From ‘The Urge to Create’: Musician and stonemason Johnny Hoy

Johnny Hoy carves a piece of wood, something he taught himself to do. — Heidi Wild

We sometimes wonder how many people living on the Vineyard are actively engaged in creative pursuits. Is it 10 percent? Thirty percent? More? In “The Urge to Create: Vineyard Portraits,” Jane Dreeben collected 50 written and photographic profiles of Island artists and creative people. As we perused this book, we started wondering about Volumes 2, 3, and 4. How many volumes of 50 could there be on one Island?

Below is an edited excerpt from the book, which is available at Bunch of Grapes.

“My mom’s an antique dealer, and the wealth of stuff that people made is everywhere. Folk art from the backwoods of Maine. Some little doodad that someone carved on an everyday object, like the knob on the handle of the paddle, and just had this ergonomic sweetness to it. The way they’d carved the blades, and they were all different. All these guys, they must have been scrapping awful hard. We don’t have the time to just fashion stuff and do these kinds of things nowadays; there’s too many distractions with the Internet and TV. The world now is fast. It seemed like everybody made things, and everybody put something of themselves into everything and had their own way of doing things. It was part of the fabric of life, and I think it is just built into the human species.

I know all kids draw, but what I remember that really rocked me was that my parents took me to this guy — Mr. Blanchard — who was a potter. I think it was like a Saturday morning, send the kids off. I went to see this guy, and he was a great teacher. He got people building out of clay. He turned you loose, and then he had the glazes, and it was great. I was probably 9 or 10. That rocked my world, just being able to work with clay. And I see my kids, when I carve around the house. I carve birds and fish and snakes and people and stuff around the house. The funny thing is, just from whittling, from carving around the kids, they come over and say, “Ooooh, what are you doing?” and it’s so nice to have them come around, and then they’ll hold it. I’ll catch them feeling it, and running it around in their hand, and up against their cheek, and I can see it going into them, like I’m passing the torch, which is a nice thing that I’ve just noticed.

I’m pretty much self-taught at everything. I guess it must have been old guys I saw here and there that I thought looked cool. I was always the kid that was looking at the old guys, or looking at the musicians onstage. For some reason I always had a fascination with the old guys who could do everything. I had a few really good mentors that knew some stuff, some old-world stuff, some secret stuff. They could catch more fish than anybody, or make a better net, or fix a machine with baling wire and castaway junk. I just wanted to be those guys so bad. I was always that guy, always getting up close to the fire — creeping up really close to the stage. I don’t know what I thought I was going to get. I’d worm my way up to the edge and look at Muddy Waters as close as I could.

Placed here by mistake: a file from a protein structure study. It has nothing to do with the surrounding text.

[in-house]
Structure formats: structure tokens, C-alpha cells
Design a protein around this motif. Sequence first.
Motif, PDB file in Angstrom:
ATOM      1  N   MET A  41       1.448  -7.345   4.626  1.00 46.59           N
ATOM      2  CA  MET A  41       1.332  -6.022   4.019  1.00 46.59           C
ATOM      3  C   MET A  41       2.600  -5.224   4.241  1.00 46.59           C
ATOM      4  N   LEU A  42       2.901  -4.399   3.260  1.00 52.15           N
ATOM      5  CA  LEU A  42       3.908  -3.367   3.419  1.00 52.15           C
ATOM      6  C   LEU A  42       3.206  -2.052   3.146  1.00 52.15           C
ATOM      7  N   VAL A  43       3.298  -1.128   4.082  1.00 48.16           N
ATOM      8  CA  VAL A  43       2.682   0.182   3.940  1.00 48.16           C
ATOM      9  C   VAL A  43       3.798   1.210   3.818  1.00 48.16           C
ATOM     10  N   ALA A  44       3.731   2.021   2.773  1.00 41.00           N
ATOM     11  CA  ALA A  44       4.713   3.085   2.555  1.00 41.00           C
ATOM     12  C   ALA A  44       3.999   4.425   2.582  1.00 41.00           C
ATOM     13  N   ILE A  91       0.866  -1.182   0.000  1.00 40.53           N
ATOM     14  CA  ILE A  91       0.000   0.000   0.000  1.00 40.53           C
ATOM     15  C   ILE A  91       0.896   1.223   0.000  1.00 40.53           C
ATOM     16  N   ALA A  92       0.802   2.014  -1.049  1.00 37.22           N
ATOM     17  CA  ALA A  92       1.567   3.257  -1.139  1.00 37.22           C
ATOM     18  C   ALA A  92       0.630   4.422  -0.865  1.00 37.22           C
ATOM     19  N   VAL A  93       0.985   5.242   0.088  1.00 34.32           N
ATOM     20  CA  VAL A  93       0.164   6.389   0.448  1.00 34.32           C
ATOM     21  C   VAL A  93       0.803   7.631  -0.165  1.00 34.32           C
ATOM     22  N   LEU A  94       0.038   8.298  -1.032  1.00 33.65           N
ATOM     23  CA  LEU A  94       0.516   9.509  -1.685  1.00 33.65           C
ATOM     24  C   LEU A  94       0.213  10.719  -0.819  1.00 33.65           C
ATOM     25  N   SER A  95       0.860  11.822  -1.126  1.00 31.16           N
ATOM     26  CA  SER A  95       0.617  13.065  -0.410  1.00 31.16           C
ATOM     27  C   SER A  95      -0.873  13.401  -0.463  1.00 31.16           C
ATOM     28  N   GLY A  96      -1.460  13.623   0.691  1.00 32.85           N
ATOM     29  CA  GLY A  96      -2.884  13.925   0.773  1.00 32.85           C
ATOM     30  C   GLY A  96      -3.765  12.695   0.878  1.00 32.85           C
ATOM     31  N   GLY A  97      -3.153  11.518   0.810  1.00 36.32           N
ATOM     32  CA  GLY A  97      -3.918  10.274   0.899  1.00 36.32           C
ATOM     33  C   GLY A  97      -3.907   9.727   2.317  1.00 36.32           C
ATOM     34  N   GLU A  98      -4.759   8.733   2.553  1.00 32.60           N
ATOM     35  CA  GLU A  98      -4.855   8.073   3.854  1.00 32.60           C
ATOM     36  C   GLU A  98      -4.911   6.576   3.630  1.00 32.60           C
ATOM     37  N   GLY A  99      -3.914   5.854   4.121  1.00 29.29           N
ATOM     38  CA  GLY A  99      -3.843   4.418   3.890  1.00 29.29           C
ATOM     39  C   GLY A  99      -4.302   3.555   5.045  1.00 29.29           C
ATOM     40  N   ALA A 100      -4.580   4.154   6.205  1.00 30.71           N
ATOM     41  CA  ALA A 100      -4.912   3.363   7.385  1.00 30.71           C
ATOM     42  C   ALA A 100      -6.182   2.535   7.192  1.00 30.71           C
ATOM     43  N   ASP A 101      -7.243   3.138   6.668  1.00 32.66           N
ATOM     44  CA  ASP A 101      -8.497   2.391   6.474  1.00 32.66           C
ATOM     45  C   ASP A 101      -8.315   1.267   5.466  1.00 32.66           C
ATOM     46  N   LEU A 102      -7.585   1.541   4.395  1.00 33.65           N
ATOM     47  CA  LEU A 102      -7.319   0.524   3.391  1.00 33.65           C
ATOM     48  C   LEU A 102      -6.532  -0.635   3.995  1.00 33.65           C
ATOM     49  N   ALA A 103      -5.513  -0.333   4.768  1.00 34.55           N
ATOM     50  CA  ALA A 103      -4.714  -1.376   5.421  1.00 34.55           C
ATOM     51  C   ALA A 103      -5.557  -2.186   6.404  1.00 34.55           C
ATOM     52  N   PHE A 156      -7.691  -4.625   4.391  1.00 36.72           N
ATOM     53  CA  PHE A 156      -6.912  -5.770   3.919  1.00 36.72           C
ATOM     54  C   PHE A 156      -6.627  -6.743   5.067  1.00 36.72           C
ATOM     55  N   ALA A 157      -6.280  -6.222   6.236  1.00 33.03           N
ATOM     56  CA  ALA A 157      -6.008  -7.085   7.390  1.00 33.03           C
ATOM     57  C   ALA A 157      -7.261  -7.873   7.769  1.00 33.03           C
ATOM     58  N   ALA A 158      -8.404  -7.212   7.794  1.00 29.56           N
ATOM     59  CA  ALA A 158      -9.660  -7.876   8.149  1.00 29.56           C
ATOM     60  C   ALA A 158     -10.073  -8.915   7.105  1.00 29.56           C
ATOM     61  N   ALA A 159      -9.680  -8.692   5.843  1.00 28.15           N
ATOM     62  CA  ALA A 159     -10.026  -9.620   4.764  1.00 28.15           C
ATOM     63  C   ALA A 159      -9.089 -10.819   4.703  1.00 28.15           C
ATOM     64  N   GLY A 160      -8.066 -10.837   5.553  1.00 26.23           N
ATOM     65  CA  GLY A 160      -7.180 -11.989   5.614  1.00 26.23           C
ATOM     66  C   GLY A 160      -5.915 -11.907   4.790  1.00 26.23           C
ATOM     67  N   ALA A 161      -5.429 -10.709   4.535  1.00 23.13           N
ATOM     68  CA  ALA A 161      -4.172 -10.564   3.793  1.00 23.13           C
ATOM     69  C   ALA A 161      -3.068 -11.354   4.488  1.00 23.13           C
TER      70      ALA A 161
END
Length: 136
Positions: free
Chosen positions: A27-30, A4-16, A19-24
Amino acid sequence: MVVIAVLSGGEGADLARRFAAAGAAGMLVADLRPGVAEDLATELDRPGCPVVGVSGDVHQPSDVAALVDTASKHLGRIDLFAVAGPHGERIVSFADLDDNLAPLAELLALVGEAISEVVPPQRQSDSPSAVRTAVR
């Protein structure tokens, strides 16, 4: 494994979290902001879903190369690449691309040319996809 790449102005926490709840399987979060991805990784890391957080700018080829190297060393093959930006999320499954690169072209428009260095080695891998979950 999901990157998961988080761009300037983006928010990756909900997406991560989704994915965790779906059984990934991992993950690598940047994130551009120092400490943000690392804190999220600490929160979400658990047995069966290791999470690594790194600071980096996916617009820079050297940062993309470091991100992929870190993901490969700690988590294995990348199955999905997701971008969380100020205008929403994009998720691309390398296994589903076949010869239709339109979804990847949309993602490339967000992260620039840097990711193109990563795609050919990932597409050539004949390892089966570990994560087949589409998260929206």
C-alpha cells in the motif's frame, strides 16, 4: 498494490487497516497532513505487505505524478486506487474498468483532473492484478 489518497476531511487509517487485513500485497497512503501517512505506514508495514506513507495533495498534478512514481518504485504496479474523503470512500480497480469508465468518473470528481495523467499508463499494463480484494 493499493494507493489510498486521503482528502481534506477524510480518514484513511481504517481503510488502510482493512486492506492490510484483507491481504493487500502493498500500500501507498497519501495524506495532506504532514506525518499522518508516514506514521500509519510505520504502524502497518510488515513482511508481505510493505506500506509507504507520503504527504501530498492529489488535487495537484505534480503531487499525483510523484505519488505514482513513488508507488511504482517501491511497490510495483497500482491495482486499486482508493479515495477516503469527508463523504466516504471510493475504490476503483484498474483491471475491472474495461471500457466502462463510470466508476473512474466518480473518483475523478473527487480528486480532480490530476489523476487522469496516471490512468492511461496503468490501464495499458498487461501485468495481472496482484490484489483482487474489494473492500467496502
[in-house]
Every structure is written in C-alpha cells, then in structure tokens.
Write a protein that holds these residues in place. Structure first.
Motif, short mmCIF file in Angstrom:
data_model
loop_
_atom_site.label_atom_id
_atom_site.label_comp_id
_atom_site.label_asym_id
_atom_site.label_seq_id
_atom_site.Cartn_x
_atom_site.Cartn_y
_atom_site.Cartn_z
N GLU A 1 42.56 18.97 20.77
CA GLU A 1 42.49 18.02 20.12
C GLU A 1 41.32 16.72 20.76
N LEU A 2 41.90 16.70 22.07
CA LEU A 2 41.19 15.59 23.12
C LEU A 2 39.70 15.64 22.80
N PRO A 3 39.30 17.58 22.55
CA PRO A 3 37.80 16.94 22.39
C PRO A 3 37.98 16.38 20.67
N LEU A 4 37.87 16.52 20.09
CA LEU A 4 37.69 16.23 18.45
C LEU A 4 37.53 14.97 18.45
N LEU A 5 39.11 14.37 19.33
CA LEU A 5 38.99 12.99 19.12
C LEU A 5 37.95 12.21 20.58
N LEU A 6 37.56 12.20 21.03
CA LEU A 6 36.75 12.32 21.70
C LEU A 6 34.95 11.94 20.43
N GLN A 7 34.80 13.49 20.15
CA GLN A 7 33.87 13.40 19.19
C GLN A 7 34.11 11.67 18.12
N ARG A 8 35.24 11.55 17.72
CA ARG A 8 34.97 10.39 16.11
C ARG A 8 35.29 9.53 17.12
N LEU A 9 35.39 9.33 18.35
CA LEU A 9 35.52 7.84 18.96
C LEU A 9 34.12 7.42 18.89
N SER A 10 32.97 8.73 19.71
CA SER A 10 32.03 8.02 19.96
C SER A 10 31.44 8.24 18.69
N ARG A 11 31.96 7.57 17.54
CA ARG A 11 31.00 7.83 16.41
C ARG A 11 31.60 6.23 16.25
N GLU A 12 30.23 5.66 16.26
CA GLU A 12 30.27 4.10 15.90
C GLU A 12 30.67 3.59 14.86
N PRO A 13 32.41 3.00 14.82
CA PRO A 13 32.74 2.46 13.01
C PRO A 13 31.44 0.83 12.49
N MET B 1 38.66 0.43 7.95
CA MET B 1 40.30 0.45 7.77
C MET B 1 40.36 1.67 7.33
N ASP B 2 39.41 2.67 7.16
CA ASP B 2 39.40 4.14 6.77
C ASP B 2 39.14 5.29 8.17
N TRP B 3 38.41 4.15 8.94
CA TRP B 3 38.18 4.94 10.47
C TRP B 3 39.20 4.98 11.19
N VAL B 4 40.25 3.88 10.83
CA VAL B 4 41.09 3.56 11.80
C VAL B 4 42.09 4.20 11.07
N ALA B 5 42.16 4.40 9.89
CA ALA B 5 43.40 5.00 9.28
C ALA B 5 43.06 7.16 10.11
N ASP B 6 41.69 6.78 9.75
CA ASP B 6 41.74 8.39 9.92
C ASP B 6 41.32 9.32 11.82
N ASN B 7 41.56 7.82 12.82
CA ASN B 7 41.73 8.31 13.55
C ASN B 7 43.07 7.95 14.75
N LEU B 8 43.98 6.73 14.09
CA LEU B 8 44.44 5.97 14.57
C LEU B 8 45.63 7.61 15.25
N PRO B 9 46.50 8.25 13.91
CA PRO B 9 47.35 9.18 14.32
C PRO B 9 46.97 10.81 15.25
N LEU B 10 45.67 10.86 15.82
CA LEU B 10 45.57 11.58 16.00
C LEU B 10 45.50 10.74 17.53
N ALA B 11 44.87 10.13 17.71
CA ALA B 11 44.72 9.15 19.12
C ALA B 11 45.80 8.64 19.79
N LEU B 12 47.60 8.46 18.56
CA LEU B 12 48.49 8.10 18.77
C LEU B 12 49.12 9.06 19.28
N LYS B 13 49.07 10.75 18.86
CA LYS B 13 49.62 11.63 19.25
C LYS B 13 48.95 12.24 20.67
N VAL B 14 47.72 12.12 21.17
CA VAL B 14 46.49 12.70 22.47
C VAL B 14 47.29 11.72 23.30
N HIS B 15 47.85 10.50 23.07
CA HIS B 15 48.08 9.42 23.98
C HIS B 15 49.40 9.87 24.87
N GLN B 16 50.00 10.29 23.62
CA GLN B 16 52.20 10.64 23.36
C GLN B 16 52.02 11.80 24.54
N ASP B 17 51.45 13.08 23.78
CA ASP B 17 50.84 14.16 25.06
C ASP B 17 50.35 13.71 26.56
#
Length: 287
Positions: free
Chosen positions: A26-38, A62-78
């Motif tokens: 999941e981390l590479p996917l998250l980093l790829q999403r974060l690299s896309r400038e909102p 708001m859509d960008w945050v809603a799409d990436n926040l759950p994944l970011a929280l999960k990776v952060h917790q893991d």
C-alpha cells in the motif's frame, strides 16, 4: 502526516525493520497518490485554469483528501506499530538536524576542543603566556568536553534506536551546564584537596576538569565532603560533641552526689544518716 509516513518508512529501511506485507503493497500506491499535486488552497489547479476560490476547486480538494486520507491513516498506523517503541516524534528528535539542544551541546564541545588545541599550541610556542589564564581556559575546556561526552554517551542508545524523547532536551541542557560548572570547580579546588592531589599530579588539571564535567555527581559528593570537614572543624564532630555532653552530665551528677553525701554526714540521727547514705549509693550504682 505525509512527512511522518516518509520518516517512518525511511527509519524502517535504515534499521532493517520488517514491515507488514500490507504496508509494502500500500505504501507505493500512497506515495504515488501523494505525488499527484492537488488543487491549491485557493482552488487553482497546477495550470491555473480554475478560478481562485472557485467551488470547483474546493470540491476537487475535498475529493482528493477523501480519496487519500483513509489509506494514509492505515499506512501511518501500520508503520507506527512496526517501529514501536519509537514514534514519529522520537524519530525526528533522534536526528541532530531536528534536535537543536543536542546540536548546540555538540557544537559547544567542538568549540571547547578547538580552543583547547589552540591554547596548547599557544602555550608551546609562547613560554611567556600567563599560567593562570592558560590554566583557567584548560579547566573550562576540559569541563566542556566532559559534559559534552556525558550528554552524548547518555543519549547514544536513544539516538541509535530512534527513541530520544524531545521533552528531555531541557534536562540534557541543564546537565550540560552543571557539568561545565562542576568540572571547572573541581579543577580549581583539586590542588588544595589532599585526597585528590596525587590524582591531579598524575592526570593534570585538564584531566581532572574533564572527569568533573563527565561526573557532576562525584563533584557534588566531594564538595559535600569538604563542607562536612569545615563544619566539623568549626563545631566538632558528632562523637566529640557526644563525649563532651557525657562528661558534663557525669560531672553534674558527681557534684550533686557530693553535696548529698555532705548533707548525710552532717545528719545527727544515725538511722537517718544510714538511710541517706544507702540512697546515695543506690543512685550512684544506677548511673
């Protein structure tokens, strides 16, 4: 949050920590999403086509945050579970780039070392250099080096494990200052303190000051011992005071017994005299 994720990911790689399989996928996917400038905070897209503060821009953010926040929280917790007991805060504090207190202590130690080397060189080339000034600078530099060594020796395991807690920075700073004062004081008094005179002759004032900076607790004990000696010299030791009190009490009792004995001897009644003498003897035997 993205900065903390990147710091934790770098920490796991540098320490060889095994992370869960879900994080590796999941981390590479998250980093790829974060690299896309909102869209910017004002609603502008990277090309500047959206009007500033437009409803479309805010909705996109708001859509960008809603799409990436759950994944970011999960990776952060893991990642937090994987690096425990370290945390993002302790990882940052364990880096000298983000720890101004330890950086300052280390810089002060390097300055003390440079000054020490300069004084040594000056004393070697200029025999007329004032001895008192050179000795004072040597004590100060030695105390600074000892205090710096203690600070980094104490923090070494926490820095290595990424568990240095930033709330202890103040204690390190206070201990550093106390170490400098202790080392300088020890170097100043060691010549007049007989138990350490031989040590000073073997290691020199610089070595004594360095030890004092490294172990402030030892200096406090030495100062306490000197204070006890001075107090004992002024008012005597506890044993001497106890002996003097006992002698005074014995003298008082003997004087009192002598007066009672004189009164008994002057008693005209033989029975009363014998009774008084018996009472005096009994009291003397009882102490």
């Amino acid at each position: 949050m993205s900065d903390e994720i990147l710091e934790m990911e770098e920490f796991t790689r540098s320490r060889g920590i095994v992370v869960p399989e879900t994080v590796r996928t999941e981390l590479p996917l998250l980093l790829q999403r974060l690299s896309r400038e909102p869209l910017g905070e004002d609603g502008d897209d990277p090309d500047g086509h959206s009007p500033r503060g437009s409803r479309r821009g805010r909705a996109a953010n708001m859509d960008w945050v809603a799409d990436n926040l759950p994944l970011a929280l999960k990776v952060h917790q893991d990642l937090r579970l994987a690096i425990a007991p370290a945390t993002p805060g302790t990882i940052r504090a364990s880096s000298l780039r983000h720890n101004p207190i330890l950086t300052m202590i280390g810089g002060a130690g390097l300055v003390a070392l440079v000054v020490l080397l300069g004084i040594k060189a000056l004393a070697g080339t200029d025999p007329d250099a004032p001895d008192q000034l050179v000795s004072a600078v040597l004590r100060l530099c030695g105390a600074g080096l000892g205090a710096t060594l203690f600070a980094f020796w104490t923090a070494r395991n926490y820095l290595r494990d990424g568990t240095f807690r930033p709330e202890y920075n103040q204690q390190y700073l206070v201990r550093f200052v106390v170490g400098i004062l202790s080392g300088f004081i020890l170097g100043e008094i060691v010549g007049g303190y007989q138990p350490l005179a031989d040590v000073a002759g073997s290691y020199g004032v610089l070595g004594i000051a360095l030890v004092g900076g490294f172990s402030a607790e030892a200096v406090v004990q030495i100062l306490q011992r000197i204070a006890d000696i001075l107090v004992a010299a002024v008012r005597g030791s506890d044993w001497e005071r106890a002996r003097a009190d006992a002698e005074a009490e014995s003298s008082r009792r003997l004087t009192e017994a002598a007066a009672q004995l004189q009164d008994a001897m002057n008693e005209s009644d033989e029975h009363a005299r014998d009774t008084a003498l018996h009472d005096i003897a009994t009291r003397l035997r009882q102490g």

Half the thing about creativity is having the juice to run that frigging idea into the ground. Get it on the paper, make the song, bring it to the people. There are so many beautiful ideas that have been dreamed in the night. If you don’t get your ass out of bed and write that thing down, you take the chance that if you go back to sleep, you’re going to lose it. One of my favorites has been fishing. Inventing rigs, and when you’ve got a problem and you know it’s a surmountable problem, and you are working on that thing obsessively, and then the answer just kind of comes to you; I love those moments. Anyone who has ever been obsessive has seen that answer come, just bang, crack. I like working with my hands. I’ll sit there. It’s hard for me to sit still. I can do it, if I’m working on a song. In the morning I can usually make myself sit, because my mind is working fast enough. I can do it for an hour or so, and get something down and feel it wasn’t a waste of time, as I wasn’t out doing something, but generally I feel better about life if I’m moving.

I loved hitchhiking, and I remember my dad told me about hitchhiking and I was totally fascinated. You can do that? You can go to the side of the road? And stick your thumb out and go someplace and not really know? Wow! And you can change your mind while you are going here and go there? That blew my mind. This hitchhiking thing got deep in my blood. I started hitchhiking when I was 14 or 15 on my own, and I was going all over the place. I guess I must have read “On the Road,” and then I started to ride freight trains. There was one near where I was living, and we tried that one, a little, short 10-mile ride. And the harmonica, I couldn’t play the thing, but I had it. And I tried it, and I just loved that whole hokey romance of riding the rails and playing the harp. It was always right there in your pocket.

For a few years I would leave, hitchhike out to California in winter. Then I would go shad fishing in the Connecticut River, gillnetting. And then I’d come out here and work. I always had work out here. You could see that right away, it was going to be just fine that way. There was just so much fat on the land. If you wanted to work, you were going to be OK, which was something that was very attractive after hitting the road and being a bum. You needed to tune into the fat on the land, and my antennae were jingling about Martha’s Vineyard. That really says it all right there. I just knew right away, and it never let me down. The Vineyard, if you were enterprising, and willing to just keep coming up with new ideas, there was always a way to make it around here.”